Given the vastness of the universe, it's possible that 1 billion intelligent civilizations exist.
So why is there no sign of these civilizations?
It is likely that all advanced civilizations are eventually destroyed by a "Great Filter". And it's probable that humanity is currently going through its Great Filter right now.
First, Let's Examine Why Alien Life Should Exist
The Milky Way, our galaxy, is home to approximately 100 to 400 billion stars. Assuming that a portion of these stars are central to solar systems, similar to our own, it's conceivable that the Milky Way could contain tens to hundreds of billions of such systems.
Adding to this, the discovery of thousands of exoplanets, many found in systems with multiple planets through missions like Kepler and TESS, reinforces the idea that planetary systems are a common feature around stars. This widespread occurrence of exoplanets suggests that a significant majority of stars throughout the universe might host their own solar systems.
Expanding this view to the larger cosmos, with an estimated 2 trillion galaxies in the observable universe, each potentially holding as many stars as the Milky Way on average, the numbers become even more astronomical. This implies a universe where hundreds of trillions to quadrillions of solar systems could exist, each with its unique characteristics and potentially life-supporting conditions.
To crudely estimate the number of solar systems with planets that have conditions favorable to life, let's use the higher end of the estimate: one quadrillion solar systems in the universe. If 1% of these solar systems have planets with conditions favorable to life, there could potentially be about 10 trillion solar systems with planets that have conditions conducive to life.
Assuming that 1% of the planets with conditions favorable for life actually develop life, from the 10 trillion potential life-supporting solar systems, this would imply the existence of approximately 100 billion planets where life has developed.
Rudimentary life faces its own set of Great Filters so let's exclude those that get snuffed out and assume a portion reach an advanced state, like on Earth. If just 1% of planets with life are able to develop intelligent civilizations, from the estimated 100 billion planets with life, this would suggest the potential existence of approximately 1 billion planets with intelligent civilizations across the universe.
Now consider that the universe is 13.8 billion years old and life on Earth began approximately 3.5 to 3.8 billion years ago. If we consider the development of tools, control of fire, and early forms of communication as indicators of intelligence, then intelligent life in the form of the genus Homo has been on Earth for over 2 million years. However, the more complex behaviors associated with modern humans have been evident for about 50,000 years or more.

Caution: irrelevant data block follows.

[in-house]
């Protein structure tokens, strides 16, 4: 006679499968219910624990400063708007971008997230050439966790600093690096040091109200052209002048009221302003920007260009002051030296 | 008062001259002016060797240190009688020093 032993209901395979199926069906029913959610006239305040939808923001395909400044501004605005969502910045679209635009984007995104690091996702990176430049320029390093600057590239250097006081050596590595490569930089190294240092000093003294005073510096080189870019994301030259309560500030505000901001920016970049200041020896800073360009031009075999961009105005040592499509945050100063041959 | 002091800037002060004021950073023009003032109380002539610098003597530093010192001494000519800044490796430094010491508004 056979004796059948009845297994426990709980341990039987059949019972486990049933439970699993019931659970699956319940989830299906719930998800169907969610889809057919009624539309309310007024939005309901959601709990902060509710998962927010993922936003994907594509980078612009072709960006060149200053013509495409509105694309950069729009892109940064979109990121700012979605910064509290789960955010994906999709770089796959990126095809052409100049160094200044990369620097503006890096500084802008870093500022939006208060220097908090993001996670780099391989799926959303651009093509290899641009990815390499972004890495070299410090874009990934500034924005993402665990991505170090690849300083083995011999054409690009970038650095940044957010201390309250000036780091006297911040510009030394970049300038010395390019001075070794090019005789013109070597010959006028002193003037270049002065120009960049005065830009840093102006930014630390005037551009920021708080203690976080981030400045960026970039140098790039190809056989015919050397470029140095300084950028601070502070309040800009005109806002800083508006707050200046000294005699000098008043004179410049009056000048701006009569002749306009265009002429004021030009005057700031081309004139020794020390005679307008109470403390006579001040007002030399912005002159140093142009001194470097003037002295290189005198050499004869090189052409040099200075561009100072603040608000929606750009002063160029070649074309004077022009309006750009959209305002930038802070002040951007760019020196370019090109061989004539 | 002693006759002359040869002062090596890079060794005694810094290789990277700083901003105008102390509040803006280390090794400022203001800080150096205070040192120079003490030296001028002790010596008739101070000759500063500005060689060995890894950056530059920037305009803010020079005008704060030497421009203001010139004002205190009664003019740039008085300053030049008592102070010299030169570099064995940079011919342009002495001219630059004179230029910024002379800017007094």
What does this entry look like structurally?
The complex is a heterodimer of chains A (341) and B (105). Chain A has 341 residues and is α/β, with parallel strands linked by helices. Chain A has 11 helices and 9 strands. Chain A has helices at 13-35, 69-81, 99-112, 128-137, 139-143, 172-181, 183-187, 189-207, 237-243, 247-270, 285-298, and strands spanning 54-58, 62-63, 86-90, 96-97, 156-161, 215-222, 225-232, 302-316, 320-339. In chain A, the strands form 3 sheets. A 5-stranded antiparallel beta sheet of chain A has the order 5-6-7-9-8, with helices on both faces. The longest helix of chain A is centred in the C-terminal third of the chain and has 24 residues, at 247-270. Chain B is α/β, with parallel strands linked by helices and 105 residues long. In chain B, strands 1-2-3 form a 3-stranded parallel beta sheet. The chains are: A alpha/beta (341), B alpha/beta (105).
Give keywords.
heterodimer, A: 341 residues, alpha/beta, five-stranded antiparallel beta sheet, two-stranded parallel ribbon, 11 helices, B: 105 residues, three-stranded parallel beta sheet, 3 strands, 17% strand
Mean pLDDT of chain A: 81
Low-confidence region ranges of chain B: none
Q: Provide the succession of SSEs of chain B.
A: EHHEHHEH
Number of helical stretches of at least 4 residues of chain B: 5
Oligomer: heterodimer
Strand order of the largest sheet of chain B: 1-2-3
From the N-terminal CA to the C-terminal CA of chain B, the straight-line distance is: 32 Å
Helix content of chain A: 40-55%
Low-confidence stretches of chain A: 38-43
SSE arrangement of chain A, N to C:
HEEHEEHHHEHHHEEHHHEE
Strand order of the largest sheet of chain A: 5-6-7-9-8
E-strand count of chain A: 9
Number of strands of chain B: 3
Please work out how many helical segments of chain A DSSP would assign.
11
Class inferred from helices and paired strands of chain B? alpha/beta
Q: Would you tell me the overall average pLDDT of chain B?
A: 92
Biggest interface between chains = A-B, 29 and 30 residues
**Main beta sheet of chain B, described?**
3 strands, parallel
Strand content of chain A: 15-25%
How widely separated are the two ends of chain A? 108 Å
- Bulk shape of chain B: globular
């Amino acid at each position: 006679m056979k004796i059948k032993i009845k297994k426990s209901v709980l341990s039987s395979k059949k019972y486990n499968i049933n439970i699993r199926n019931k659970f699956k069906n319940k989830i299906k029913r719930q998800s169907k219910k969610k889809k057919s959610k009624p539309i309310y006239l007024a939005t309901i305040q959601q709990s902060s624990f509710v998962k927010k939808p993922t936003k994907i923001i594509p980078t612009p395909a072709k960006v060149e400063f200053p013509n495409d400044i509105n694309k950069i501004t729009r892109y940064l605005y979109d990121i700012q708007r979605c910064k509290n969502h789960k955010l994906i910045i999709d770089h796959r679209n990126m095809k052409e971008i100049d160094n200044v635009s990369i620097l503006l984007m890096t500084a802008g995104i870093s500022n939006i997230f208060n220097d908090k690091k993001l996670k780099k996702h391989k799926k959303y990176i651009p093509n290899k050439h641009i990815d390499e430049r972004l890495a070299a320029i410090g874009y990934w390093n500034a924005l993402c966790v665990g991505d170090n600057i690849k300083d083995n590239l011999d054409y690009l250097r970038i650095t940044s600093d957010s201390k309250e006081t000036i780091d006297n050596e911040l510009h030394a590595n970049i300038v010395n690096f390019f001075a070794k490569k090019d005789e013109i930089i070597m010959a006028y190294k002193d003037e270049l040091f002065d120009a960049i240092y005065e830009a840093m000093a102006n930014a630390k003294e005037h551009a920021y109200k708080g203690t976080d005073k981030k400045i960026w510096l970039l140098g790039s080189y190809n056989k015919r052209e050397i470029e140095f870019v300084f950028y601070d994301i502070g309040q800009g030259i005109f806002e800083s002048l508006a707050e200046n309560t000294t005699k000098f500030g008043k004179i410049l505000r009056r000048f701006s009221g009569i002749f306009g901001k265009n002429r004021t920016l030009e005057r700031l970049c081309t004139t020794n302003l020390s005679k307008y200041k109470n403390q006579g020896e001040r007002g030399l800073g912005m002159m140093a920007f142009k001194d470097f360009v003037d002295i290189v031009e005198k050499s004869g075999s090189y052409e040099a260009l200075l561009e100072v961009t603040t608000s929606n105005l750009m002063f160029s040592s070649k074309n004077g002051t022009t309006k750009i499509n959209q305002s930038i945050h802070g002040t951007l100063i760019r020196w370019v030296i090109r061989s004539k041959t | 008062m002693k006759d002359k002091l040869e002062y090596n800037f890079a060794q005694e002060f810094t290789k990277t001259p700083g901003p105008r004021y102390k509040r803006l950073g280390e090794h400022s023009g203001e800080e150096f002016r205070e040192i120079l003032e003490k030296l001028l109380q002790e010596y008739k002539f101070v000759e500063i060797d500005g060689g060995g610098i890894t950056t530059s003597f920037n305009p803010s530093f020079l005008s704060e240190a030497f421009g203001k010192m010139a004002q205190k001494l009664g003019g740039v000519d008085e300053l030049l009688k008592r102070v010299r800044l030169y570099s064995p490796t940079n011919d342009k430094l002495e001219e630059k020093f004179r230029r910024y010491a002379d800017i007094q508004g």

Given the age of the universe, there has been plenty of opportunity for life similarly or more advanced than ours to develop.
So if the probability of life elsewhere in the universe is so high, why have we never seen intelligent alien civilizations? This is referred to as the Fermi Paradox.
Do All Civilizations Self Destruct?
The Great Filter is a concept used to explain the Fermi Paradox and why, despite the vast number of potentially habitable planets in the universe, there is no observed evidence of intelligent extraterrestrial life.
The Great Filter refers to a hypothetical stage or stages in the evolution of life that are extremely difficult for life to surpass. The concept raises the question of whether there is some barrier that makes the emergence of complex life or advanced civilizations very rare or short-lived.
These barriers could include the following:
- The Emergence of Life: The transition from non-living matter to living organisms.
- The Development of Single-Celled Life: The appearance of the first simple, single-celled organisms.
- Complex Multicellular Life: The evolution from simple, single-celled organisms to complex, multicellular organisms.
- The Emergence of Intelligence and Technology: The development of species with higher intelligence and the ability to create sophisticated technology.
- The Ability to Avoid Self-Destruction: Overcoming internal and external threats that could lead to the extinction of intelligent life, such as nuclear war, environmental destruction, or catastrophic cosmic events.
As an explanation for the Fermi Paradox, the Great Filter concept suggests that if intelligent life is rare in the universe, then at least one of these stages must be exceedingly rare and difficult to achieve. This leads to two possibilities for human civilization: